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opioid tablets

Oxycodone is the generic name for a range of opioid pain killing tablets. 

I am appalled that Missouri leaders have spent $65 million of federal aid to address the opioid crisis, yet deaths in the state have increased by 16%. This is unacceptable, but even worse, the leaders who allocated that money feel they were successful and would do nothing differently. How can this be counted as a success when we are one of the few states where death rates for overdoses increased?

Rachel Winograd, a University of Missouri-St. Louis researcher tasked with deciding where federal dollars are allocated, said the cause points to lack of housing, incarceration rates, a fraying social safety net and no Medicaid expansion. Yet it's worthwhile to compare Missouri to other states in similar situations, like Kentucky and Georgia. Their overdose death rates decreased.

What about looking at programs to improve and provide access to mental health for those who truly need it?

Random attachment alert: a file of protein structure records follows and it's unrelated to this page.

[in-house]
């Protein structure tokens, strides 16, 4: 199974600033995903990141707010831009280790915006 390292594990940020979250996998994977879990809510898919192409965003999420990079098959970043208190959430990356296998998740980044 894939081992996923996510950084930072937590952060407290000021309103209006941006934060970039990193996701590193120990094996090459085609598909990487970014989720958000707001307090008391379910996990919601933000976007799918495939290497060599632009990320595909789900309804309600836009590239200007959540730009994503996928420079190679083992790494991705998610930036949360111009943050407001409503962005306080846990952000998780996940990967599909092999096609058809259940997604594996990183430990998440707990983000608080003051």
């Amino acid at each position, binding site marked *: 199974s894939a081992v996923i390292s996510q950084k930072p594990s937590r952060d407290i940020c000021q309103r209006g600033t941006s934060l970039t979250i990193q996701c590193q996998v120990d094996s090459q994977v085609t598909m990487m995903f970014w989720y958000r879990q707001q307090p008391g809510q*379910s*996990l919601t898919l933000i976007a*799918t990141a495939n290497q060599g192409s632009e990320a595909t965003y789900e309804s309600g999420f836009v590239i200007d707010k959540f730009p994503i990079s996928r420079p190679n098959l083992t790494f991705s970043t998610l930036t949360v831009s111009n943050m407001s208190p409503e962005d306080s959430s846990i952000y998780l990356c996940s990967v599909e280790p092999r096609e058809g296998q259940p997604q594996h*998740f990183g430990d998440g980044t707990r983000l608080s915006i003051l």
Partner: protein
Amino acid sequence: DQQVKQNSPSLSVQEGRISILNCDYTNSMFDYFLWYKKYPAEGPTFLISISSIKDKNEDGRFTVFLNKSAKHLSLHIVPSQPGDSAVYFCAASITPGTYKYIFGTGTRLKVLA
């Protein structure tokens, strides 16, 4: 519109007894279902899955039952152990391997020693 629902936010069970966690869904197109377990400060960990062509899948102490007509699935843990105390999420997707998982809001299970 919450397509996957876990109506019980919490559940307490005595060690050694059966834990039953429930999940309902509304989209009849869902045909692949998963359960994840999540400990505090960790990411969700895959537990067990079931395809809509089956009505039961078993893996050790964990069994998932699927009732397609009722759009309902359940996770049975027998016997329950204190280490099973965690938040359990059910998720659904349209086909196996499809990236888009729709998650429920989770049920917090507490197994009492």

Treatment programs should look at why our residents are turning to drugs, as well as looking at housing, social programs and access. When researching how Kentucky decreased its death rates, efforts pointed to education and treatment programs along with other “harm-reduction” efforts as factors in the lower death toll. Another factor Kentucky leaders pointed to was a Medicaid waiver that will allow drug treatment centers to open up more beds. They also enlisted Narcan programs, but this was listed as the third program, not the main program. Why can’t we learn from our neighbors and not re-create the wheel?

Susan Holt • Manchester